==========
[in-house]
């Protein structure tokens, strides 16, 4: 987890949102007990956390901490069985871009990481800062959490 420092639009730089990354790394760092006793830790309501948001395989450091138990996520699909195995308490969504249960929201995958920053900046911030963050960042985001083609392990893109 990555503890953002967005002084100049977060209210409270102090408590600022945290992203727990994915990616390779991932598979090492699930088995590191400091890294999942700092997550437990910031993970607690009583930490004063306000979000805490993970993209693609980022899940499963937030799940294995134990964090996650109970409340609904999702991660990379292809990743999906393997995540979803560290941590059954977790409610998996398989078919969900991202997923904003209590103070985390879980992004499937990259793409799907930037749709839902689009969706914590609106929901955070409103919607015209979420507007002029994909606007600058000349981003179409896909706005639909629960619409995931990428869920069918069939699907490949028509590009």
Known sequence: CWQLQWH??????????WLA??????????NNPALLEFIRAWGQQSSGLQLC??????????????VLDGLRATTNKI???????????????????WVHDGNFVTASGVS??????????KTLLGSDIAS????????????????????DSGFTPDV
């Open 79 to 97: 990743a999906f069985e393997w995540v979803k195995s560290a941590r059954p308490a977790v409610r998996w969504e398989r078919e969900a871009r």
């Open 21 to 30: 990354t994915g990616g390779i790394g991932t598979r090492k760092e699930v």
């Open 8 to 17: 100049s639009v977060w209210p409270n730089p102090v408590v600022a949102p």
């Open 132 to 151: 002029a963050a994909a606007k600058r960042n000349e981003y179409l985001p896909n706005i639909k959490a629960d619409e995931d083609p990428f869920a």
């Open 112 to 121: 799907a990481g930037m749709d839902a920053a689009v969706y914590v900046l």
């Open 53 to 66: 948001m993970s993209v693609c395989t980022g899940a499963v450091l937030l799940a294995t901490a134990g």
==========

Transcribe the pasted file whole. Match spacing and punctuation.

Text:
[in-house]
């Protein structure tokens, strides 16, 4: 987890949102007990956390901490069985871009990481800062959490 420092639009730089990354790394760092006793830790309501948001395989450091138990996520699909195995308490969504249960929201995958920053900046911030963050960042985001083609392990893109 990555503890953002967005002084100049977060209210409270102090408590600022945290992203727990994915990616390779991932598979090492699930088995590191400091890294999942700092997550437990910031993970607690009583930490004063306000979000805490993970993209693609980022899940499963937030799940294995134990964090996650109970409340609904999702991660990379292809990743999906393997995540979803560290941590059954977790409610998996398989078919969900991202997923904003209590103070985390879980992004499937990259793409799907930037749709839902689009969706914590609106929901955070409103919607015209979420507007002029994909606007600058000349981003179409896909706005639909629960619409995931990428869920069918069939699907490949028509590009």
Known sequence: CWQLQWH??????????WLA??????????NNPALLEFIRAWGQQSSGLQLC??????????????VLDGLRATTNKI???????????????????WVHDGNFVTASGVS??????????KTLLGSDIAS????????????????????DSGFTPDV
């Open 79 to 97: 990743a999906f069985e393997w995540v979803k195995s560290a941590r059954p308490a977790v409610r998996w969504e398989r078919e969900a871009r």
């Open 21 to 30: 990354t994915g990616g390779i790394g991932t598979r090492k760092e699930v």
């Open 8 to 17: 100049s639009v977060w209210p409270n730089p102090v408590v600022a949102p």
């Open 132 to 151: 002029a963050a994909a606007k600058r960042n000349e981003y179409l985001p896909n706005i639909k959490a629960d619409e995931d083609p990428f869920a």
């Open 112 to 121: 799907a990481g930037m749709d839902a920053a689009v969706y914590v900046l």
């Open 53 to 66: 948001m993970s993209v693609c395989t980022g899940a499963v450091l937030l799940a294995t901490a134990g």